LSE - Small Logo
LSE - Small Logo

Krishna Agarwal

May 1st, 2020

Sexual Identities and Sports: A Level Playing Field?

0 comments | 3 shares

Estimated reading time: 10 minutes

Krishna Agarwal

May 1st, 2020

Sexual Identities and Sports: A Level Playing Field?

0 comments | 3 shares

Estimated reading time: 10 minutes

The most important thing in the Olympics is not to win, but to take part, just as the most important thing in life is not the triumph, but the struggle

Pierre de Coubertine, Founder of Modern Olympic Games

On March 13th, 2020, Double Olympic 800m Champion Caster Semenya stated that she wants to compete in the 200m at the 2020 Tokyo Olympics. With the Olympics onset, it becomes pertinent to revisit the judgement given by the Court of Arbitration for Sport (CAS) to South African middle-distance runner Caster Semenya, as it may affect the career of many athletes. This case provides an opportunity to re-define sex difference as well as a challenge for us to find a reasonable method to incorporate the group of people who do not fit in the binary categories of sex under the ambit of sports competition without any discrimination. It should be kept in mind that legal sex is not confined only to males and females and is subject to variation depending on different jurisdictions. And in strictly biological terms, not all individual bodies unambiguously fit into a single binary female/male category.

This dispute arose after the decision of the International Association of Athletics Federation (IAAF) to enact the Eligibility Regulations for Female Classification; Athletes with Differences of Sex Development (DSD Regulations) to reconcile the differences between male/female classification in competitive athletics. The new DSD regulations replaced the Hyperandrogenism Regulations after the case of Dutee Chand v. AFI and IAAF. The award was given by the Panel following the IAAF’s Constitution and Rules in conjunction, Olympic Charter and in subsidiary wherever necessary Monegasque law. In the present case, the onus of proof is on the claimants to establish that DSD regulations are prima facie discriminatory. The point of contention arose when the upper limit of testosterone was lowered to 5 nmol/L from 10nmol/L for governing the eligibility of 46 XY DSD athletes to compete in the female category events. This regulation shall apply in the case of eight events (Restricted events) i.e. defined in Regulation 2.2b of DSD in International athletic competition. The requests of arbitration by Caster Semenya and Athletics South Africa against the IAAF to declare DSD Regulations were dismissed affirming that the DSD Regulations are reasonable and proportionate. The issues involved in this case are of significant scientific complexity.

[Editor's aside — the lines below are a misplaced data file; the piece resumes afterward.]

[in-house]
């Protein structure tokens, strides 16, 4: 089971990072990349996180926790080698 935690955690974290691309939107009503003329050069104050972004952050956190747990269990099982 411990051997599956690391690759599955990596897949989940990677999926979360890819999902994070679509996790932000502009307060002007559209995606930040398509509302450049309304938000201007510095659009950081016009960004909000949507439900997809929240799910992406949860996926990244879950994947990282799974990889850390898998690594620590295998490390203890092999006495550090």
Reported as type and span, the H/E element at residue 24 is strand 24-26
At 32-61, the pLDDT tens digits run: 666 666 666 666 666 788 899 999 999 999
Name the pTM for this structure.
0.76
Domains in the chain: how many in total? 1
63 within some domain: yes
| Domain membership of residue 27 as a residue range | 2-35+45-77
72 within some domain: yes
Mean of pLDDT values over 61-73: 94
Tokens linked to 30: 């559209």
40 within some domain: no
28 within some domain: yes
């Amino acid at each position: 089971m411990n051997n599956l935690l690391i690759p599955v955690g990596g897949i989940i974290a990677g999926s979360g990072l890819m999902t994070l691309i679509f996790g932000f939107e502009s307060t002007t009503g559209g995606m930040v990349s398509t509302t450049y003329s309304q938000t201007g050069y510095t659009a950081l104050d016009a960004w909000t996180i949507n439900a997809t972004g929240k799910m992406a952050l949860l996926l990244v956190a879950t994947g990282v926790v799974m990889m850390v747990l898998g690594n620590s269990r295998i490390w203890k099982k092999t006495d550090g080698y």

However, there exist differences in experts’ opinions and a paucity of evidence regarding matters concerning the effect of enhanced testosterone levels. Caster Semenya maintains that DSD Regulations unfairly discriminate based on physical, genetic, or biological traits, as well as sex, gender, physical appearance, and what sports event a woman competes in. The argument submitted by IAAF is that the purpose and effect of DSD Regulations is to ensure that like cases are treated similarly, while different cases have to be treated in a different manner